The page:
BMX vs. MTB: Which Bike is Best For you?
© Jarno Schurgers_Red Bull Content Pool
With the Fujairah edition of the Red Bull Pump Track World Championship just around the corner, we explore the two competing bike types.
BMX and MTB share a couple of things in common. First, they both have two wheels, and second, like most bicycles, they come with a seat and handlebars.
Okay, we’ll stop messing around now. On a serious note, are you wondering just what are the key differences between the two bikes? Are you currently looking to buy a new bike and just can’t decide?
Have a read through our handy guide to save you some hassle!
DIFFERENT BIKES, DIFFERENT PURPOSE
When it comes down to it, each style of bike is designed to accomplish different tasks. The BMX is built for quick speed changes, extreme mobility, and strength, while the MTB is crafted for shock absorption, climbing, and the ability to dominate a variety of terrains.
Here are the five areas where these two types of bicycle differ the most:
1. The Frame
The different uses for each style of bicycle play a role in the construction of their frames.
A BMX endures significant impacts throughout its lifetime. Racing off ramps and jumps is a way of life for BMXers, and their bikes must feature a strong frame to endure this aggressive treatment. Most BMX bikes are similarly sized as their use requires a compact frame.
While mountain biking seems rugged, it is often less violent than BMX-style racing or riding. The MTB frame is typically geared toward absorbing vibration and functionality. The frame of a MTB is often more flexible and is geared toward the size of the rider.
A BMX typically features 20 or 24-inch wheels. The tyres are designed to withstand the shock of jumps and tricks, while being able to function properly on smooth surfaces. They are typically reinforced internally to avoid an untimely blowout when landing off big air.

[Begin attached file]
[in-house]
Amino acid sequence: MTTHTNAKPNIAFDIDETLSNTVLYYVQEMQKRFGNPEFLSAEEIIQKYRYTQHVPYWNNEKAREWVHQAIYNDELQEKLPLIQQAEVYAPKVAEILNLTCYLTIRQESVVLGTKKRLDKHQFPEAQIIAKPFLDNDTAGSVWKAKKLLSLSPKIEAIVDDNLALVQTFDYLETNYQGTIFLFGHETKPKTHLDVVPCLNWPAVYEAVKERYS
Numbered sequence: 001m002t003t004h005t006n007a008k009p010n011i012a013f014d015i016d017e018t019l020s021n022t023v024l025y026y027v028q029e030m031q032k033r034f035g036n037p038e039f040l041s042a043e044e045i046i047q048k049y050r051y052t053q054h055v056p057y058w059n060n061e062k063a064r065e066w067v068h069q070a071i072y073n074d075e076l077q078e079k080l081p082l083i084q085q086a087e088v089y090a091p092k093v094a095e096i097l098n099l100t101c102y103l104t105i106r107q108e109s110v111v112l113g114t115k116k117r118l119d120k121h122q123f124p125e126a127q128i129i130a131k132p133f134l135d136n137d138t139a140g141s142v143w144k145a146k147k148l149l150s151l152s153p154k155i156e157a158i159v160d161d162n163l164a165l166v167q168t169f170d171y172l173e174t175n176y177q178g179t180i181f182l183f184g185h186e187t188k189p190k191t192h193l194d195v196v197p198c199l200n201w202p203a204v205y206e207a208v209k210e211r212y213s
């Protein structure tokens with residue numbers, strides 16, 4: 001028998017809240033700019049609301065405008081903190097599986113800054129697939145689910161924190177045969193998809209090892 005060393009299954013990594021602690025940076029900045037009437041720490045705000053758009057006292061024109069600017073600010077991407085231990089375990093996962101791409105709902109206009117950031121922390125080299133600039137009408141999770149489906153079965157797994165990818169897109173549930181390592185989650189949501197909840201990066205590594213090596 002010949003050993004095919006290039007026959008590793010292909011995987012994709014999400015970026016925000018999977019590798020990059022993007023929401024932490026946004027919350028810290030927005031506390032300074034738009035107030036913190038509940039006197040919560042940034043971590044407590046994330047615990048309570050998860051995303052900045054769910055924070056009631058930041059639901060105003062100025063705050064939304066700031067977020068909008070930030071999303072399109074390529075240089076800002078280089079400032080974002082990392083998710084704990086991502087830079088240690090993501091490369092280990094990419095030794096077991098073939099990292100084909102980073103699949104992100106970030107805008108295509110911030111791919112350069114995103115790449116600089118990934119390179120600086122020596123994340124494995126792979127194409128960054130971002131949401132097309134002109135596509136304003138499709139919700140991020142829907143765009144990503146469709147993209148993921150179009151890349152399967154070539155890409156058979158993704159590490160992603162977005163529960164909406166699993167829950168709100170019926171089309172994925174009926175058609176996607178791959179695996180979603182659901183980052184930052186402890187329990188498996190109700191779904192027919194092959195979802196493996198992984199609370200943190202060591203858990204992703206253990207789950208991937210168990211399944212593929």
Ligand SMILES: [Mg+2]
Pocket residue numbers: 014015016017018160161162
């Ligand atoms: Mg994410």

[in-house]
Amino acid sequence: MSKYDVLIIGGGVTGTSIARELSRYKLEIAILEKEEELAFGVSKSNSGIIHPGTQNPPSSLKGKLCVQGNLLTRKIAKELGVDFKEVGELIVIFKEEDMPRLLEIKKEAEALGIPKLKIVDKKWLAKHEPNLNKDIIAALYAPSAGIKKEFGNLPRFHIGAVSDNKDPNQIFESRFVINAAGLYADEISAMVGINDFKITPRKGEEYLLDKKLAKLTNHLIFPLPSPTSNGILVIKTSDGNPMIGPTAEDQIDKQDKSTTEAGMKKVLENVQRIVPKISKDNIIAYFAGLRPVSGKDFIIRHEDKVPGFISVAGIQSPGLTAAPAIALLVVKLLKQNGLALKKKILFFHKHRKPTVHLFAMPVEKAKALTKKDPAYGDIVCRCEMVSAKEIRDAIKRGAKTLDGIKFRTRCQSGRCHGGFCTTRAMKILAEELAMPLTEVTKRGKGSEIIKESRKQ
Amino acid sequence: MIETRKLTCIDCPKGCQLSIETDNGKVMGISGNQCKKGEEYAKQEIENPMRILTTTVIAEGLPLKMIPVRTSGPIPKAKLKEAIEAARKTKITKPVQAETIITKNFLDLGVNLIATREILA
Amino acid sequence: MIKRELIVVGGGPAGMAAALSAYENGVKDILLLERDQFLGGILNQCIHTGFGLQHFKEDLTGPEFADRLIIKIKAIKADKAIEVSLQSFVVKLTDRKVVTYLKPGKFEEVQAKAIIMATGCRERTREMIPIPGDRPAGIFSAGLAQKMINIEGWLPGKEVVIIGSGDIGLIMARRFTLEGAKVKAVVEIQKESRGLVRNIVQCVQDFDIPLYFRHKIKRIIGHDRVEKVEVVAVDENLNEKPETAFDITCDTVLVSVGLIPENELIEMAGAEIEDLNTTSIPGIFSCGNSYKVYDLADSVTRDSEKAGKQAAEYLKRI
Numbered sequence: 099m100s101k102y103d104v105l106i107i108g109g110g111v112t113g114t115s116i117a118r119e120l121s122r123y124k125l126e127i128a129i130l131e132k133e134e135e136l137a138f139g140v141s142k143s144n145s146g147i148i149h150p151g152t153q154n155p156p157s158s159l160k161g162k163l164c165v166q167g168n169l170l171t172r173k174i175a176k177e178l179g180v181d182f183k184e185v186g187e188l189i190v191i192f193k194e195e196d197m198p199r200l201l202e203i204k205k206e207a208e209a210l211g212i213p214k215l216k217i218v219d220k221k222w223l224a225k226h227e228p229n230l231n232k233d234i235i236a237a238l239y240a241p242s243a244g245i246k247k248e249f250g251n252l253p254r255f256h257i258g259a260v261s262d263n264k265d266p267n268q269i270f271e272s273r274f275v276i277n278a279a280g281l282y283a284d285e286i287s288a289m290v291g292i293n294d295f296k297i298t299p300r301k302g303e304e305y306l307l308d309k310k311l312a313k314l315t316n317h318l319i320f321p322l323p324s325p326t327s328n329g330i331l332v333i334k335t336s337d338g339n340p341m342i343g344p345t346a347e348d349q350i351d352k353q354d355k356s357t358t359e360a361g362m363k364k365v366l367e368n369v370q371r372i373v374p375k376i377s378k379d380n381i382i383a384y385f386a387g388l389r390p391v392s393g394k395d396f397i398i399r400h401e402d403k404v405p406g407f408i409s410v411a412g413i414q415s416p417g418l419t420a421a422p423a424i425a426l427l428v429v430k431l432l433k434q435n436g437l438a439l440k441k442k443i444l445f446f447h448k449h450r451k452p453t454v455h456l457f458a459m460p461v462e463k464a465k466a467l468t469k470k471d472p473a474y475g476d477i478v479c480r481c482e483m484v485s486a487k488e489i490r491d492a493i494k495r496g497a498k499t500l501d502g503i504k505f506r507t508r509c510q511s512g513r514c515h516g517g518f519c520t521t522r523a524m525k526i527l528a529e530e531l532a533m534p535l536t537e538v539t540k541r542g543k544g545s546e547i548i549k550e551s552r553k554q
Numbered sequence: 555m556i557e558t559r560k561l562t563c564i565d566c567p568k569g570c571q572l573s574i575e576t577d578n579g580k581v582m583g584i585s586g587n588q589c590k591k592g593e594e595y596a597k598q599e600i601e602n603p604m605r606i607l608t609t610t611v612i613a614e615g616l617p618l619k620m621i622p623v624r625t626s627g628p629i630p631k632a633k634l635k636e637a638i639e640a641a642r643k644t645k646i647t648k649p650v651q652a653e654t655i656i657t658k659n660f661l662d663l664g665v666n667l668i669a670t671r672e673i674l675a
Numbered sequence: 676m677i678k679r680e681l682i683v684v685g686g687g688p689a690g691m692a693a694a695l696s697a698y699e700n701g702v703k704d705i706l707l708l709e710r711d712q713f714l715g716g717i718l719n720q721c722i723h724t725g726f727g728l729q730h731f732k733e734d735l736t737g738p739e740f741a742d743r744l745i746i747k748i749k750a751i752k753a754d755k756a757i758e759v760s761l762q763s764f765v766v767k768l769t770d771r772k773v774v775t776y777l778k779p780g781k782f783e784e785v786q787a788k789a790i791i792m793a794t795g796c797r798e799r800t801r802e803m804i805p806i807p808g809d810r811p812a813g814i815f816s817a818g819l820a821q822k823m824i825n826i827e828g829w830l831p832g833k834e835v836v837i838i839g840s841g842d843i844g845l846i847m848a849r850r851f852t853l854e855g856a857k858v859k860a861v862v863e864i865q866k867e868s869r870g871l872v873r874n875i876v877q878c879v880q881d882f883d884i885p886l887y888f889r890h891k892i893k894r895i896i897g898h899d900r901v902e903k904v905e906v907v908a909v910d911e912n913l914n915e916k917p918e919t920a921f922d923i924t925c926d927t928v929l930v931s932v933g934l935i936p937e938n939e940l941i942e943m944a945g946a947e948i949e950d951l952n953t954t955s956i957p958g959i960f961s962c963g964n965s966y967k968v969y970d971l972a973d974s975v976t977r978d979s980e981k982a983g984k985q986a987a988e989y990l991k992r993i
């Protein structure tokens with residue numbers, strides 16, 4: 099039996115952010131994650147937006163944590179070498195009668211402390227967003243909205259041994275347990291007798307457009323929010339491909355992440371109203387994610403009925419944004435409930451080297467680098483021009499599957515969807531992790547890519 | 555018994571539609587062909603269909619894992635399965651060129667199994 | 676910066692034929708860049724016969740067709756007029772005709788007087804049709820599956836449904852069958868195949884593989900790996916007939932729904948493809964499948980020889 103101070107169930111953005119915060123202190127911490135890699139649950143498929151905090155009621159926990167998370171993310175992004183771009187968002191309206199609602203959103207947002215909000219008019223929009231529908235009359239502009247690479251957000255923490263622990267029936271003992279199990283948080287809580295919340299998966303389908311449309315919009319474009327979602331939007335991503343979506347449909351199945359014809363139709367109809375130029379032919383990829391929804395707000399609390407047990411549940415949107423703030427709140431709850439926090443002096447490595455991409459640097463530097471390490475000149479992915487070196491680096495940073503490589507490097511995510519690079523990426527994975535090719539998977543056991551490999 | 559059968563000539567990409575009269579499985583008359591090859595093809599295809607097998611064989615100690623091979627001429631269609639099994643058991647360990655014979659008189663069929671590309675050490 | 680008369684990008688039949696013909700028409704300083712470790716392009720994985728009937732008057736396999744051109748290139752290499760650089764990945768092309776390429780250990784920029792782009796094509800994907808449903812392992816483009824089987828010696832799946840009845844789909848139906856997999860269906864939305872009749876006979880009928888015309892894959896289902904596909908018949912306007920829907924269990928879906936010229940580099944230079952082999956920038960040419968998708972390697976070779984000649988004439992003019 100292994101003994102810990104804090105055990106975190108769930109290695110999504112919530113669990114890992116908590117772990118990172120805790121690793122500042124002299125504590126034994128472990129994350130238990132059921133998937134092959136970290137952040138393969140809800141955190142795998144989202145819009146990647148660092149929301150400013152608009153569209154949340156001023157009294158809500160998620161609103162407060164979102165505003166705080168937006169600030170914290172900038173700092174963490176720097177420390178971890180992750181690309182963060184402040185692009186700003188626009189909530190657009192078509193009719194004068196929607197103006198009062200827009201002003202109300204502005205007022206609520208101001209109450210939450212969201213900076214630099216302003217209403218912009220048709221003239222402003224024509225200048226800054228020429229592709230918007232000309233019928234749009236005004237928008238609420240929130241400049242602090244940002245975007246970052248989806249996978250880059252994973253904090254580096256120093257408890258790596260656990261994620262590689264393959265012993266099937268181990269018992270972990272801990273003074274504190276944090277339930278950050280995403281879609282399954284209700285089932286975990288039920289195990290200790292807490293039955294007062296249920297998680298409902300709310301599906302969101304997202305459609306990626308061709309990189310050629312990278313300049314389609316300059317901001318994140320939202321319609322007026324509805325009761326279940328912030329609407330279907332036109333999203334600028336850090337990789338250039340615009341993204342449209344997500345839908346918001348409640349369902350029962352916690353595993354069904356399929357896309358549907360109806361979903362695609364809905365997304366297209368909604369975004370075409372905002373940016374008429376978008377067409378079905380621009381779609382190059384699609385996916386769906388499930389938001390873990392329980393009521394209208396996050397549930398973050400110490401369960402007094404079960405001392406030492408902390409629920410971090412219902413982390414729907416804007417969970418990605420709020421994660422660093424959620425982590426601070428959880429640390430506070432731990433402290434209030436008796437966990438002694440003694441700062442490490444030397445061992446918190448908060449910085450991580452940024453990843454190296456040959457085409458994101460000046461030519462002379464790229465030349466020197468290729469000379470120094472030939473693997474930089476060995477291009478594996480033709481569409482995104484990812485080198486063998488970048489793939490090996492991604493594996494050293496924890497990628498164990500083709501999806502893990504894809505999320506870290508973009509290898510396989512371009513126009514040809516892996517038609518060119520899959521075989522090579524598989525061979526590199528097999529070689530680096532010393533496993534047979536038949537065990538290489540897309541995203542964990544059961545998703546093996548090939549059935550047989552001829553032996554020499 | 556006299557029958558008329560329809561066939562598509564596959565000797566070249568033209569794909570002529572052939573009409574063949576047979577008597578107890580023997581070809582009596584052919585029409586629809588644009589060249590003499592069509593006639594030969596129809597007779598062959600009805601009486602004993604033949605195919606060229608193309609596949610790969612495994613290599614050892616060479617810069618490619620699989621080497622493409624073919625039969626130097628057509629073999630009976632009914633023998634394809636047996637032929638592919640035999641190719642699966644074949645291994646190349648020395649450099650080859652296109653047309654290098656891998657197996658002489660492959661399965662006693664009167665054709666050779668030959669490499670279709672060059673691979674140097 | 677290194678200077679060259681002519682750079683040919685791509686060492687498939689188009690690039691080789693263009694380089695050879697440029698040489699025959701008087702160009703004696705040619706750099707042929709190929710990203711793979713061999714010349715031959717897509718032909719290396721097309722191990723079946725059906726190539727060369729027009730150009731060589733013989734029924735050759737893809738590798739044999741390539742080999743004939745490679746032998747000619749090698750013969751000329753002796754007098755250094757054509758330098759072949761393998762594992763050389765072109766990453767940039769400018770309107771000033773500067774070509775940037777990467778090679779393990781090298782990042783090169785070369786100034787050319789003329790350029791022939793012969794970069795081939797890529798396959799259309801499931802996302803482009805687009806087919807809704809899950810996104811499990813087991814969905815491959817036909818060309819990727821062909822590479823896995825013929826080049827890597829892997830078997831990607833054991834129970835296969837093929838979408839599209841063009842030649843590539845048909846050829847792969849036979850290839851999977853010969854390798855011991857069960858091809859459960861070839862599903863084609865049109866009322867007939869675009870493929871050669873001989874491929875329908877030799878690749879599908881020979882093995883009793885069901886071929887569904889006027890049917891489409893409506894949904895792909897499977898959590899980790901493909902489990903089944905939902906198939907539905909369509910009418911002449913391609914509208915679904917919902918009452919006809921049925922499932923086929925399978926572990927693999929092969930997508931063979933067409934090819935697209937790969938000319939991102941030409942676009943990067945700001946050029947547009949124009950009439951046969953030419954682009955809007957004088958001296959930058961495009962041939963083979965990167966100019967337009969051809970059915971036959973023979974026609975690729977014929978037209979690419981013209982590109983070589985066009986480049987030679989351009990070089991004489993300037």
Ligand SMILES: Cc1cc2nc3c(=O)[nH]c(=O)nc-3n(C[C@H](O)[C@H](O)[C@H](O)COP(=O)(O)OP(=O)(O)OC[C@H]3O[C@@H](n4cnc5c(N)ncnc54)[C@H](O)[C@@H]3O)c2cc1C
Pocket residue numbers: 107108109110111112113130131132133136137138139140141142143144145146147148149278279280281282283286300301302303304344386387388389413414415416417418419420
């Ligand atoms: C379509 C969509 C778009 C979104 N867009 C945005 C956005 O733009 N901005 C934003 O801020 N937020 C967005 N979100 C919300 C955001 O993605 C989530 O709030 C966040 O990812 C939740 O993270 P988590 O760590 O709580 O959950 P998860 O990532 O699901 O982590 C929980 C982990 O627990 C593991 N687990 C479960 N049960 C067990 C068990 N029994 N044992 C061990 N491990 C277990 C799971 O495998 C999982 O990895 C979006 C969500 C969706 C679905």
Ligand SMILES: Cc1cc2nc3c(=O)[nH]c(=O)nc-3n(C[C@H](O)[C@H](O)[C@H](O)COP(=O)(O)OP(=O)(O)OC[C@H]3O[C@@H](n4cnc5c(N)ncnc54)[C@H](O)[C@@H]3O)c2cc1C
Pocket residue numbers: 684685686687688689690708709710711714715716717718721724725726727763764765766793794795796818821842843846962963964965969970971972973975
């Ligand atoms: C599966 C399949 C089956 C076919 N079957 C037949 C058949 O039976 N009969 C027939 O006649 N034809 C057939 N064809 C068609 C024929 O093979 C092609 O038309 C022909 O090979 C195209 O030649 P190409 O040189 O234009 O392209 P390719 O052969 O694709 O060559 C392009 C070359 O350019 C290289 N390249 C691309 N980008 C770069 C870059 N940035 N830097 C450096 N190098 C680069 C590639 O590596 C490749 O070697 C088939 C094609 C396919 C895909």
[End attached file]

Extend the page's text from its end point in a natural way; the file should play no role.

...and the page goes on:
A MTB requires larger wheels to navigate the rocks and holes of a typical trail. The standard size of MTB wheels is 26 or 29 inches but can differ based on the size of the rider. The tyres feature large, knobby grooves designed to provide a firm grip on diverse terrains.
BMX bikes are often used for elaborate tricks and stunts that require the ability to spin the handlebars in both directions. High-end BMX bicycles use a special type of braking system that prevents the brake cable from becoming tangled in the bars.
The brakes on a BMX bike are generally found only on the rear wheel. Often, it is a type of braking system called a V-brake. The V-brake squeezes the tyre to slow it down and bring the bike to a stop.
The brakes on an MTB, meanwhile, are designed to withstand the high temperatures of braking on a decline. This is vital to those traversing steep hills on trails. Disc brakes are often used to supply greater braking power and survive harsh conditions like mud, water, and extreme heat.
4. The Ride
MTBs offer an undeniably smoother ride than their BMX counterparts. Suspension can be found on the front and/or rear of the bike. This allows the rider to negotiate difficult terrain without abusing their legs, arms, and rear.
The only shock absorptions found on a BMX bike are the legs and arms of the rider. BMX riders must be careful to anticipate moments of rough riding and manipulate their bodies accordingly.
Now you have an understanding of the major points of difference between BMX and MTBs, use this quick pros/cons guide to narrow down which might be best for you!
RED BULL PUMP TRACK
All competitors must apply online prior to the event, and registration is currently open here.
Riders must be 16 years of age on the date of the competition in order to compete, and those under 18 must obtain their legal guardian’s permission. You are free to choose your preferred bike; however, it must come with a minimum wheel size of 20inches, and must not be fitted with an engine. Good luck!